3. Obama never introduced legislation in the Senate to do a single thing about plant closures or NAFTA...now, he's the champion of the bitter people

    A historical perspective is H E R E

    The disrespect is riding the bus through Pennsylvania for a week and then recounting why there's a core of voters that he can't reach by dismissing them to a group of wealthy California donors.


    Oh my gosh ANYONE WHO watches this (1.00 / 1) (#96)
    by voterin2008 on Mon Apr 14, 2008 at 02:24:52 AM EST
    video doesn't immediately come out and say Charlie Rose is out of touch, elitest who is condescending is the the biggest hypocrit in the world.  But something tells me the Clinton Koolaid has your sites steady on Obama.

    On the other hand (none / 0) (#155)
    by felizarte on Mon Apr 14, 2008 at 08:17:57 AM EST
    Obama supporters, it seems, make a point of being at known, remaining oasis of civil political discourse to push their Obama talking points; repeating them ad nauseum.  It does not work here.

    well, i'm the son of a preacher woman (5.00 / 8) (#9)
    by boredmpa on Sun Apr 13, 2008 at 11:51:30 PM EST
    I'm in SF and her church (UCC) is in PA.  This campaign constantly pushes my ethical and political buttons.

    The SF billionaire row comments (and the tone/closed door nature), the not standing up to the pastor issue(or switching churches), the annie oakley rant (Clinton was not pandering), and the race-baiting (im not black, but im queer and there's a difference than bringing your identity to the table and hatchet jobbing your opponent) all turn my stomach from and ethical and political standpoint.

    Ethically, I could never do those things.  Politically, I think they are a disgrace to democracy and informed voters.

    And that he followed the annie oakley comment with a dishonest portrayal of her bankruptcy position didn't help.

    I've said I couldn't vote for the man for a while, but I'm pretty sure of it now.  Not because I'm bitter, but because my core beliefs in some semblance of ethics/rules and in educated voters prevents me from rewarding this travesty of democratic process.  I cling to my ethics and notion of democracy, the facts that I'm underemployed and queer are secondary.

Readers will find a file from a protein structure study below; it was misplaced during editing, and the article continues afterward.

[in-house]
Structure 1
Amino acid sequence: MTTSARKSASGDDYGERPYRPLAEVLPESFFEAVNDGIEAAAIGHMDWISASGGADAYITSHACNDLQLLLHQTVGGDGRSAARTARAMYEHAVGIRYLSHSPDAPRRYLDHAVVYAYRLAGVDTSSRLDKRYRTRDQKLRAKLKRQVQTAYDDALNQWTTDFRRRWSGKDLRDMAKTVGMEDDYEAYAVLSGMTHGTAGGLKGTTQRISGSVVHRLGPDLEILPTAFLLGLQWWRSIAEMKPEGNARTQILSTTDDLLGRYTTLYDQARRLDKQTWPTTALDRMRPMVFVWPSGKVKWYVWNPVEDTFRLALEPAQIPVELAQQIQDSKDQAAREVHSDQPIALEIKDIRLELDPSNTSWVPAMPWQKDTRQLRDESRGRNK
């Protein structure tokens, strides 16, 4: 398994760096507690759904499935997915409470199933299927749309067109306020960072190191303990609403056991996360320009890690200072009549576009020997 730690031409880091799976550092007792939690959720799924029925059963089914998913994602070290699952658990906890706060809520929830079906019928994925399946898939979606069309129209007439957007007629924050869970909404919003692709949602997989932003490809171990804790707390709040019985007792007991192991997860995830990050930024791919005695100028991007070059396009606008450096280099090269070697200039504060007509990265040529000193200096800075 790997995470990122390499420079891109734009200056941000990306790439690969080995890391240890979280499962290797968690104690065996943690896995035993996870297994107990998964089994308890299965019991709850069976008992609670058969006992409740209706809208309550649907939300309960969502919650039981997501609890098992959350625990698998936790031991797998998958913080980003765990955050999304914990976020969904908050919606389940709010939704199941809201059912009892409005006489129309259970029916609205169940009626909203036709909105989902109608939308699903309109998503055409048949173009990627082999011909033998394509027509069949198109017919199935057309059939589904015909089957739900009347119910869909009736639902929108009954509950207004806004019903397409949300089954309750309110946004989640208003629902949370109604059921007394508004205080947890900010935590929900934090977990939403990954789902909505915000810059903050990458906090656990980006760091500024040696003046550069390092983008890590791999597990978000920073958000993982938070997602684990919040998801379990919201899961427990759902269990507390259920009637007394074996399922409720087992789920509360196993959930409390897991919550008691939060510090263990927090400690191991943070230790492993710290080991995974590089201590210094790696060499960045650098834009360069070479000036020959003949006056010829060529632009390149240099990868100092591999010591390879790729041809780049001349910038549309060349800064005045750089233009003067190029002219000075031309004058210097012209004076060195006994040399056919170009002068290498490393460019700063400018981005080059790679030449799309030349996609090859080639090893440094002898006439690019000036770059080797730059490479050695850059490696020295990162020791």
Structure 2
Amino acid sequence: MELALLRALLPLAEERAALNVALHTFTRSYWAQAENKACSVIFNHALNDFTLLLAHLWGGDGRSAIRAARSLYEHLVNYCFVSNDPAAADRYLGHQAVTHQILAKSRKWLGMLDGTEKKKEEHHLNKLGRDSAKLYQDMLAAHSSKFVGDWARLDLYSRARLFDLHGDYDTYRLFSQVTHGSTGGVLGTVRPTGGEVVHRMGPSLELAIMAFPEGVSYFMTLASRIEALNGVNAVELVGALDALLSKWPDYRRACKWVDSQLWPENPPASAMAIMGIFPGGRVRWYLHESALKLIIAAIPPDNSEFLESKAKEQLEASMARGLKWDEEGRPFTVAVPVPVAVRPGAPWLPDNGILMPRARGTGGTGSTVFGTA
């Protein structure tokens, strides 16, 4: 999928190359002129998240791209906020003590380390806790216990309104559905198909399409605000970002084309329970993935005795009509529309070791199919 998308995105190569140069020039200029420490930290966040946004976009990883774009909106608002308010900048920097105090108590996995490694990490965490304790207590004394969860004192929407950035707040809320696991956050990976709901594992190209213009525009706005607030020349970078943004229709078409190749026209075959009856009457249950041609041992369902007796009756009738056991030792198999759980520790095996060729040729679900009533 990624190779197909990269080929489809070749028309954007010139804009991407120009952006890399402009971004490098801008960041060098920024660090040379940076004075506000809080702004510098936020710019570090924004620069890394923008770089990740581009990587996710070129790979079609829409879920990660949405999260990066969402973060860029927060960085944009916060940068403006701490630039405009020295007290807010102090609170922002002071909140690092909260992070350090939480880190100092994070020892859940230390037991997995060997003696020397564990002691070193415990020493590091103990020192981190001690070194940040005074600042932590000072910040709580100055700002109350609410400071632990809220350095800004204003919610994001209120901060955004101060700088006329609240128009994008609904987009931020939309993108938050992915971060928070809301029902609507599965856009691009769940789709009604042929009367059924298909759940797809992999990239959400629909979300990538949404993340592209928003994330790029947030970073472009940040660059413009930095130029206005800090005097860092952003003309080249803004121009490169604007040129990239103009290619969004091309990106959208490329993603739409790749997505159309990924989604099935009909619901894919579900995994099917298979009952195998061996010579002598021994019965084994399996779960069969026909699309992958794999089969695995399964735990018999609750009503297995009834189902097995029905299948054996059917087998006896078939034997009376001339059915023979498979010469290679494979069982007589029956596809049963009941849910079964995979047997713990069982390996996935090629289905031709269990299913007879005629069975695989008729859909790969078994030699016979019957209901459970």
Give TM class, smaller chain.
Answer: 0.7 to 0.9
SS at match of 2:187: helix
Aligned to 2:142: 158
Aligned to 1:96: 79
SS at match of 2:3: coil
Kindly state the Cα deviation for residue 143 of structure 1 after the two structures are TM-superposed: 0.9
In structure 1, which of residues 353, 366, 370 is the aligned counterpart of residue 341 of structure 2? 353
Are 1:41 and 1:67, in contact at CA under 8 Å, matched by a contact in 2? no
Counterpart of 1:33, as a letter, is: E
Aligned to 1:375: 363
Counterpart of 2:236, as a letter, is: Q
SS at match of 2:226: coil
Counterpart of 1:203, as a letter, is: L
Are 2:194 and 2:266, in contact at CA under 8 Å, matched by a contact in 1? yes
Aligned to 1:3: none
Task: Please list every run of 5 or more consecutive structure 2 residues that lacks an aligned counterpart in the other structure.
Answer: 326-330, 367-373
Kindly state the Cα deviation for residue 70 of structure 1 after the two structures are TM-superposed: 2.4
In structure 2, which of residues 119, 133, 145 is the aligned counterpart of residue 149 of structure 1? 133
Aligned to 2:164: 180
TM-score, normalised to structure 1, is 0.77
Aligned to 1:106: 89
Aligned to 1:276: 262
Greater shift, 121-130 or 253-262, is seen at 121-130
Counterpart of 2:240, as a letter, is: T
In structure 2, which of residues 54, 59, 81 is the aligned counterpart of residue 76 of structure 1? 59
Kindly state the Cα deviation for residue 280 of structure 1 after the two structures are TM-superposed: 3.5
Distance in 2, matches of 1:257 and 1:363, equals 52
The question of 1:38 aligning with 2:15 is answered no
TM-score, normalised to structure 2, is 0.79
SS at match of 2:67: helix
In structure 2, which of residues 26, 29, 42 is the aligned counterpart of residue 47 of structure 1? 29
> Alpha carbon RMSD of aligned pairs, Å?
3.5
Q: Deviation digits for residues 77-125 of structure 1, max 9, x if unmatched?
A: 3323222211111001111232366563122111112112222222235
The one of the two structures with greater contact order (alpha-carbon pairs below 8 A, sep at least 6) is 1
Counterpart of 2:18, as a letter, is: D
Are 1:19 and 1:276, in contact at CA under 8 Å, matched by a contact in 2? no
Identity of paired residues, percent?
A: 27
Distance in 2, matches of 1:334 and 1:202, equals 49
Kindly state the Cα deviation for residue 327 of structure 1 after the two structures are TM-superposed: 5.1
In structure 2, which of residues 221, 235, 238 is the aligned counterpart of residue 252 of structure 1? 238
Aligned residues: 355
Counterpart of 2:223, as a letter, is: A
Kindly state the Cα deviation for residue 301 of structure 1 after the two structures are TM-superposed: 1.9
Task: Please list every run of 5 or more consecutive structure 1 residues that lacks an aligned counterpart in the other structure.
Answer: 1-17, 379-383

Beautifully put -- it's the dishonesty (5.00 / 1) (#25)
    by Cream City on Mon Apr 14, 2008 at 12:14:19 AM EST
    at every turn that turns me off.  I know he's a pol, I know she's a pol, but he just takes it to a level that leaves me wondering who he really is at all.

    Any insight from your mother as to how his UCC church unlike any other I've seen (I go to one nearby often and have been to others when in a joint PCUSA-UCC parish) is going over among others in the UCC?  It certainly is a faith accepting of many -- my UCC church pastor is gay, btw, and a great guy much admired in the community, all the community -- but Wright's rendition of black liberation theology seems to transgress and even contradict tenets of UCC and PCUSA congregations here, including one that's AA.  I've been there and can't imagine any minister there saying or doing what Wright did.


    i don't know (none / 0) (#52)
    by boredmpa on Mon Apr 14, 2008 at 12:46:43 AM EST
    the UCC issue really hurts.  frankly i've been debating how much I want to discuss the issue with my mother but i fired off an email to my dad.